Bitcoin robbers pocket $5,800 through Android wallet app glitch
Password cracking; Stolen credentials; User accounts compromised; Software vulnerability
Crooks have figured out how to steal the virtual currency by exploiting major vulnerabilities in Google’s mobile operating system, members of a user forum report.
“According to an online community of Bitcoin users, who spoke out on a Bitcointalk.org forum over the weekend, cyber thieves have made off with at least 55 Bitcoins, which amounts to about $5,800, given Bitcoin's current exchange value.”
Mike Hearn, a Bitcoin developer, reported the bugs to Google, and blogged about the security issue on August 11. The problem is the secure random numbers that Android generates to confirm the identity of bitcoin owners are weak, and therefore the codes can be cracked and virtual cash stolen.
“A Bitcoin address is a bit like an email address, except that it's linked to a ‘private key' which is a bit like the password for the money sent to the address," Hearn told SCMagazine. "Except you don't get to pick the password, the phone/tablet/computer does, on the assumption that it's better at picking unpredictable codes than you are..."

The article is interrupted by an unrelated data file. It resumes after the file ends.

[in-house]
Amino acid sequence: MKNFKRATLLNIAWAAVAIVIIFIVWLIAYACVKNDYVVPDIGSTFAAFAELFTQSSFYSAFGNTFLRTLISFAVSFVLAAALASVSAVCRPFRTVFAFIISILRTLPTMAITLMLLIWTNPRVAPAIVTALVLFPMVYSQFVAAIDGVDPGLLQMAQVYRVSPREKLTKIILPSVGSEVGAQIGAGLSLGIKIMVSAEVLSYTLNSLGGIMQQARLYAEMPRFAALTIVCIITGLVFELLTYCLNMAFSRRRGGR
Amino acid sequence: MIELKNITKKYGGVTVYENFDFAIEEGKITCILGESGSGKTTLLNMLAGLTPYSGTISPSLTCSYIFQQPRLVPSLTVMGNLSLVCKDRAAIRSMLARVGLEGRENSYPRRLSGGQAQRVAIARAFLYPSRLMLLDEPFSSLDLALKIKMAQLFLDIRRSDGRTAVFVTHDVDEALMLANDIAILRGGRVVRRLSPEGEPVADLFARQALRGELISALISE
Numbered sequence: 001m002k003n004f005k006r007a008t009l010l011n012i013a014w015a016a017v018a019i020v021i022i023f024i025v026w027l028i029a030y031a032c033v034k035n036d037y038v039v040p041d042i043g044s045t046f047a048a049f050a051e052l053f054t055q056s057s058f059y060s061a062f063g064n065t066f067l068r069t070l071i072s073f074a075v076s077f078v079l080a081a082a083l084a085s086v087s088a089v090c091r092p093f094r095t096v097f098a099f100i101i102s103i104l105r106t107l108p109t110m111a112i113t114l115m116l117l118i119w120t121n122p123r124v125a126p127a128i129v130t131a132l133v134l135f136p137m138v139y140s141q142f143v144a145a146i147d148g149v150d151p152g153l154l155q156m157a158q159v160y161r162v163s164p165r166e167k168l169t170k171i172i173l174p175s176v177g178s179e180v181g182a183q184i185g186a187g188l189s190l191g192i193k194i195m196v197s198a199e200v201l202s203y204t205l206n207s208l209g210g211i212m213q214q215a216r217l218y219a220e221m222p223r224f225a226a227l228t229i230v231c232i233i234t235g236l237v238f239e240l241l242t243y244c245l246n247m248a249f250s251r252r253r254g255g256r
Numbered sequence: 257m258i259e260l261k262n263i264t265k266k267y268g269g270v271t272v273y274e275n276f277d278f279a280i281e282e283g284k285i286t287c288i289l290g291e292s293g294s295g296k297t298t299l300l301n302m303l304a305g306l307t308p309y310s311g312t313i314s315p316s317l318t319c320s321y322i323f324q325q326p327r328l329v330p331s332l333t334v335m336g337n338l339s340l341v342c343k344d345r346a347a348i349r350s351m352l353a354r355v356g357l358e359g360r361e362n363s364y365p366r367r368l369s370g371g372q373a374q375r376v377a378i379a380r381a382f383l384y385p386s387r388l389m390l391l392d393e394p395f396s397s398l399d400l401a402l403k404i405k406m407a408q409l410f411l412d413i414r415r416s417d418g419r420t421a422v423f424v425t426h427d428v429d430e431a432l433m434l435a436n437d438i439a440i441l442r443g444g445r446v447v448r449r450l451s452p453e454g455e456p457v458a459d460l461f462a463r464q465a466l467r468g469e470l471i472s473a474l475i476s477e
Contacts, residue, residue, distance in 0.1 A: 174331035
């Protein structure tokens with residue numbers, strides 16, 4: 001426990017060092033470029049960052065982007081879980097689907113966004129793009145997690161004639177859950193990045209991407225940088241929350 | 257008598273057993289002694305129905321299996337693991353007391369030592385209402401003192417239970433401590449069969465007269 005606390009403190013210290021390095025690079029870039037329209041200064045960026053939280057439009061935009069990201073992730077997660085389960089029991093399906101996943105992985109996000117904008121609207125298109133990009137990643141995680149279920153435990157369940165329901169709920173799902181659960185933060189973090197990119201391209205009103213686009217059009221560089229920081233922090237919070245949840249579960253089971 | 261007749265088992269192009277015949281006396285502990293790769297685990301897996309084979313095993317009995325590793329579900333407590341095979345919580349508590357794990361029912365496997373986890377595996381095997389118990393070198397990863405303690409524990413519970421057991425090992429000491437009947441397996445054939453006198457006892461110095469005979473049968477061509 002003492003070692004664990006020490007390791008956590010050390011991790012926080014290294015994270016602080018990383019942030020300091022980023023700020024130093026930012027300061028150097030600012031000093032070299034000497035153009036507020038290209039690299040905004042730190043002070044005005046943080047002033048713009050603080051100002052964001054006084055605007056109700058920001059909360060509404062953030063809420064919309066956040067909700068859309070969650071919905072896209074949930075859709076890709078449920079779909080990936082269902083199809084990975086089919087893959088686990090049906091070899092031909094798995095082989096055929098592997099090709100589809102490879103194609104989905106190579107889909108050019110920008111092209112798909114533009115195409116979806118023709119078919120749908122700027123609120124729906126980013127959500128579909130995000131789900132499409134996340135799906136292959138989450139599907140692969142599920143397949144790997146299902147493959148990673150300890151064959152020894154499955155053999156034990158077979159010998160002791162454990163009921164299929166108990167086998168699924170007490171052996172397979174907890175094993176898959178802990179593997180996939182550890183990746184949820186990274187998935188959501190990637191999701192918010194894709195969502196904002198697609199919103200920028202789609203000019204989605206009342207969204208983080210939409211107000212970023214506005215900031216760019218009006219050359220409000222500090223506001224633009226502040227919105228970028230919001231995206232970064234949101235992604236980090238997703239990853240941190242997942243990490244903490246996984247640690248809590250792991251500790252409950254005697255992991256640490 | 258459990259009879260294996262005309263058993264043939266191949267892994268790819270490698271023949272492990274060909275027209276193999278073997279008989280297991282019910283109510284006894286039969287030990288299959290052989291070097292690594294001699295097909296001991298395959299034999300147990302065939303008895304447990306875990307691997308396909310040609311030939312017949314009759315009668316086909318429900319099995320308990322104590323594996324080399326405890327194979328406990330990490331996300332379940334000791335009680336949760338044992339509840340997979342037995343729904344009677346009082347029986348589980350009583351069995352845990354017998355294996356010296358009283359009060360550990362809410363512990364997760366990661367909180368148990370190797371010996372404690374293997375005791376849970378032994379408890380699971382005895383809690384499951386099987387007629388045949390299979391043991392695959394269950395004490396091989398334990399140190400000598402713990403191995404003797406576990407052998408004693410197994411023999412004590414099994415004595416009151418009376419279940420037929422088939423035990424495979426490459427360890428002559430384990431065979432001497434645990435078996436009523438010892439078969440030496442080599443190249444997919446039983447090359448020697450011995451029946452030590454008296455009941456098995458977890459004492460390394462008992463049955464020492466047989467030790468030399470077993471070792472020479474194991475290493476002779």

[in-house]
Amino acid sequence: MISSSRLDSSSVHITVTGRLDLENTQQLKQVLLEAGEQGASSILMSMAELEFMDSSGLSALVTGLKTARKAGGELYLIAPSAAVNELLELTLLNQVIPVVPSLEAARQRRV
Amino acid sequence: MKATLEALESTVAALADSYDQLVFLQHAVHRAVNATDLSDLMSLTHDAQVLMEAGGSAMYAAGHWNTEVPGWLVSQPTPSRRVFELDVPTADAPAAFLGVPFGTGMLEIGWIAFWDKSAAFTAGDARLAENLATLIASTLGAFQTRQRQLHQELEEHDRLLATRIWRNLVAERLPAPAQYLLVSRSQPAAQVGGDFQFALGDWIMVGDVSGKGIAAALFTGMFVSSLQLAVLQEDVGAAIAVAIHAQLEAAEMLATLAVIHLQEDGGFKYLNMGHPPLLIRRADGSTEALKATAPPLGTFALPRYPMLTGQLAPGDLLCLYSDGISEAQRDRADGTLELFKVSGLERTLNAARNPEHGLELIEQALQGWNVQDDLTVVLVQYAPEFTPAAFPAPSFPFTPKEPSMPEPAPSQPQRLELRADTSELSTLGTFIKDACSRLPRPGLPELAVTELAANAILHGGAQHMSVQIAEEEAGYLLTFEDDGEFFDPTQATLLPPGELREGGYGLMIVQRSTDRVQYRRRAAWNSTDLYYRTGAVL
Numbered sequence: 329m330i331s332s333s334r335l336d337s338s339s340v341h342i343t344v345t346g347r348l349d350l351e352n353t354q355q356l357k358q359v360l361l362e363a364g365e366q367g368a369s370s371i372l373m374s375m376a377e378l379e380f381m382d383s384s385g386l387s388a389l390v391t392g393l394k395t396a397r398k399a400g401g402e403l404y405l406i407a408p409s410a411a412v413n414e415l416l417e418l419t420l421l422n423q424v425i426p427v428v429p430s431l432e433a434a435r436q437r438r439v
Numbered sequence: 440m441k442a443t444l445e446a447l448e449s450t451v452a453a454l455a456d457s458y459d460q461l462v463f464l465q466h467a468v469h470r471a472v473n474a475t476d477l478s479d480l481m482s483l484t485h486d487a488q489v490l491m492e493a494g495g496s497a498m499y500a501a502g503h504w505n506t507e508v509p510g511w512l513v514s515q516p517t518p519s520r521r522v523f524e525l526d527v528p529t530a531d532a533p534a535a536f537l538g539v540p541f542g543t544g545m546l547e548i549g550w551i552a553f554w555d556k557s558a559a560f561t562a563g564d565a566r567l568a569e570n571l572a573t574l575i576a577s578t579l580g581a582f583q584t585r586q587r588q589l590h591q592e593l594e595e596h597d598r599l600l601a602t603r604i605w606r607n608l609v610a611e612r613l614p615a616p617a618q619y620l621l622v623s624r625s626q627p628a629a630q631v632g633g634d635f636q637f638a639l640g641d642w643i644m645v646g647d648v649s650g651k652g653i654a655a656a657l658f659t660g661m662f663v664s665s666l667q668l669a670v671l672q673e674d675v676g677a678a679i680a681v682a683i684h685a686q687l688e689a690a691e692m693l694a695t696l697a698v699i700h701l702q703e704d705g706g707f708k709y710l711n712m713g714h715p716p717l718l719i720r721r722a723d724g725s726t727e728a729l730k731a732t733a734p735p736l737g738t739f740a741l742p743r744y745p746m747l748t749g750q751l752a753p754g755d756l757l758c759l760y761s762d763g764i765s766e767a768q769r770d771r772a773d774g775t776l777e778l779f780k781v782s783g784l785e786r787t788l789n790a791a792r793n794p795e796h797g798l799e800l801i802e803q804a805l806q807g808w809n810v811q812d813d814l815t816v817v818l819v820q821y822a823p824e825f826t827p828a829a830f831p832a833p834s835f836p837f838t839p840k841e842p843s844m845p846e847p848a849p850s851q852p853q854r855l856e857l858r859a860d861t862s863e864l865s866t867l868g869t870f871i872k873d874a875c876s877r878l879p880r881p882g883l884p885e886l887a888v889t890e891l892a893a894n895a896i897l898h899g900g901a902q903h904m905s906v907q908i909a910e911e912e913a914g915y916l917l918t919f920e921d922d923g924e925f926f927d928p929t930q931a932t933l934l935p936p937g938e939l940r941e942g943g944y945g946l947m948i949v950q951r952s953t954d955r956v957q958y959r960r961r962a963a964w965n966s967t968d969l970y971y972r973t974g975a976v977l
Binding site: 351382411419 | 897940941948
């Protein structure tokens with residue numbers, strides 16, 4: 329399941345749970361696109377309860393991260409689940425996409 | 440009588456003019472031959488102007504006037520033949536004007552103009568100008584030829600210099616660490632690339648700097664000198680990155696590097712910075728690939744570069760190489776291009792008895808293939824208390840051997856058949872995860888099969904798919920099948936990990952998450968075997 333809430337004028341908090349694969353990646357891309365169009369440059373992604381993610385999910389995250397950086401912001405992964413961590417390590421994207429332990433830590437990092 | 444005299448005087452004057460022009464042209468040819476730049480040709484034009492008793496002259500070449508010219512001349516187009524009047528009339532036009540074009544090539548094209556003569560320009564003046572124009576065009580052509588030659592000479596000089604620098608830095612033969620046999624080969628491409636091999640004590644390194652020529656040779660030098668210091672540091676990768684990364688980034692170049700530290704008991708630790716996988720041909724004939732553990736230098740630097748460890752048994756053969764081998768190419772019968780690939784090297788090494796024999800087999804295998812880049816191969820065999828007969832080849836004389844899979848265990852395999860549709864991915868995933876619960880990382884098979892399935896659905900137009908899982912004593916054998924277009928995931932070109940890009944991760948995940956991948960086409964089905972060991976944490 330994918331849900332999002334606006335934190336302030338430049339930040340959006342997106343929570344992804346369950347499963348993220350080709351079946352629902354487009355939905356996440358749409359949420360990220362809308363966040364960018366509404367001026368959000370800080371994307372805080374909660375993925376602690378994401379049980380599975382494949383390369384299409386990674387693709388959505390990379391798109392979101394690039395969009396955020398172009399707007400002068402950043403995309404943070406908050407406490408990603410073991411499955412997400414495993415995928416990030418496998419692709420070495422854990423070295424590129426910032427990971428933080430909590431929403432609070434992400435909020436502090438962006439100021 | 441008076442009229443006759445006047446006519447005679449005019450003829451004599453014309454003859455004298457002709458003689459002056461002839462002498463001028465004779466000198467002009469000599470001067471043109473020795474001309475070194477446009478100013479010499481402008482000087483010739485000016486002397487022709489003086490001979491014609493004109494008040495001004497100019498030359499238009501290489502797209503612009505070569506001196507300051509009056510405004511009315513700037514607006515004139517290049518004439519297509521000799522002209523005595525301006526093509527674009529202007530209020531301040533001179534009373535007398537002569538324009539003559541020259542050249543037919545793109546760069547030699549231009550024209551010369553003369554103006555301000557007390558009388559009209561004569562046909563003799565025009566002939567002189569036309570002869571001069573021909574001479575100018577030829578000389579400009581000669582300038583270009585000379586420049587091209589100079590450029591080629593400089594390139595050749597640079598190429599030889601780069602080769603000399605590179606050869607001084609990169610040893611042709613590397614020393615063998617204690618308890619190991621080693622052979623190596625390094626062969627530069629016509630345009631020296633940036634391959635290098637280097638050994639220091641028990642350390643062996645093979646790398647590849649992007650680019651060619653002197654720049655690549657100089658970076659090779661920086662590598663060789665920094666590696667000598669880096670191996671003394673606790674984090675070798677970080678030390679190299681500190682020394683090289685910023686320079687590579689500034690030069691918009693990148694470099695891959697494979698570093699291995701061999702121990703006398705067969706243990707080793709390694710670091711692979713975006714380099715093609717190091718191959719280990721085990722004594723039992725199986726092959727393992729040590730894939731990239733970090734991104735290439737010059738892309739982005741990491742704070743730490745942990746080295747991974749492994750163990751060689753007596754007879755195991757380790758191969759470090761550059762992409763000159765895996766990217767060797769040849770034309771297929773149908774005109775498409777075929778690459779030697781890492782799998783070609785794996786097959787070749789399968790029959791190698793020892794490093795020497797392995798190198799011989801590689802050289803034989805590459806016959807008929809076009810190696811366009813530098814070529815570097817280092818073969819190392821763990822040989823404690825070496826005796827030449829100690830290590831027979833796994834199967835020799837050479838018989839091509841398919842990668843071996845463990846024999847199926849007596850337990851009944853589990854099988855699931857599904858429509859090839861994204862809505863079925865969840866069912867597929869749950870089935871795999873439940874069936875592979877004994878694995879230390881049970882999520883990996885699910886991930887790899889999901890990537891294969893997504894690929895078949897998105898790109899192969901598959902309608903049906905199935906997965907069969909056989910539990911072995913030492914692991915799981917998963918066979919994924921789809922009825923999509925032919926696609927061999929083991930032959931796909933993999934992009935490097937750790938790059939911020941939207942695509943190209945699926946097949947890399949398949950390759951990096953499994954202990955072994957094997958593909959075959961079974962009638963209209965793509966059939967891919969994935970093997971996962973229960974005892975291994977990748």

Several wallet apps in Google Play were affected by the vulnerabilities.
Bitcoins can be transferred anonymously from person to person online, without going through a government-backed bank. Some online merchants accept the currency, which can be traded for actual dollars at online exchanges.
In an August 12 blog post, security researcher Graham Cluley explained how serious the flaws are to Bitcoin users. “If someone else can work out the private key to your Bitcoin wallet, that's rather like knowing the PIN code for your bank account,” he wrote.
Financial Services; Web Services
August 12, 2013
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